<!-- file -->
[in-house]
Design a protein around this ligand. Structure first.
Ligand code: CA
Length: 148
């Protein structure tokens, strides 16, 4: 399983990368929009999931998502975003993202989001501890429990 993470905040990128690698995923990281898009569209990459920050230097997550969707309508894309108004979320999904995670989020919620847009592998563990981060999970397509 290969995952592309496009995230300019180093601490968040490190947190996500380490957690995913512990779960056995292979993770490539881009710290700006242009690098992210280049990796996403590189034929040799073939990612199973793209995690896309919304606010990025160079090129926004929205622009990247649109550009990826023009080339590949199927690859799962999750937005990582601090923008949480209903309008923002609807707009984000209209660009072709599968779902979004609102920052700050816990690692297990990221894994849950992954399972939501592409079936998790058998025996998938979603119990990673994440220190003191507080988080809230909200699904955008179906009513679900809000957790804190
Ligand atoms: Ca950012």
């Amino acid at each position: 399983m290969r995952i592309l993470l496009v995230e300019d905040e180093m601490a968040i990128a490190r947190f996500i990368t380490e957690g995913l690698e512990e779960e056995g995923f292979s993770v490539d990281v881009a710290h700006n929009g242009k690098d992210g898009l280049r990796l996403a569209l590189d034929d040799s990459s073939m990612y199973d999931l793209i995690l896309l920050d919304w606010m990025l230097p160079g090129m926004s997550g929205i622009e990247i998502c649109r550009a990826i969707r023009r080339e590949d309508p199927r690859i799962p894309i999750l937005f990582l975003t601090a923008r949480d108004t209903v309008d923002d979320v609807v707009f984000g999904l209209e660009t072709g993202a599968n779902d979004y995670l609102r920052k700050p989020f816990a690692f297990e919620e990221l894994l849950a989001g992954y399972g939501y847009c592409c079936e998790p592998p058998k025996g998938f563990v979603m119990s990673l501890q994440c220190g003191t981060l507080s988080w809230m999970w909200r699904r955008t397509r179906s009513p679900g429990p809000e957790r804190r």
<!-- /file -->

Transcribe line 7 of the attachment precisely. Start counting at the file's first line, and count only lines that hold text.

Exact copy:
């Amino acid at each position: 399983m290969r995952i592309l993470l496009v995230e300019d905040e180093m601490a968040i990128a490190r947190f996500i990368t380490e957690g995913l690698e512990e779960e056995g995923f292979s993770v490539d990281v881009a710290h700006n929009g242009k690098d992210g898009l280049r990796l996403a569209l590189d034929d040799s990459s073939m990612y199973d999931l793209i995690l896309l920050d919304w606010m990025l230097p160079g090129m926004s997550g929205i622009e990247i998502c649109r550009a990826i969707r023009r080339e590949d309508p199927r690859i799962p894309i999750l937005f990582l975003t601090a923008r949480d108004t209903v309008d923002d979320v609807v707009f984000g999904l209209e660009t072709g993202a599968n779902d979004y995670l609102r920052k700050p989020f816990a690692f297990e919620e990221l894994l849950a989001g992954y399972g939501y847009c592409c079936e998790p592998p058998k025996g998938f563990v979603m119990s990673l501890q994440c220190g003191t981060l507080s988080w809230m999970w909200r699904r955008t397509r179906s009513p679900g429990p809000e957790r804190r």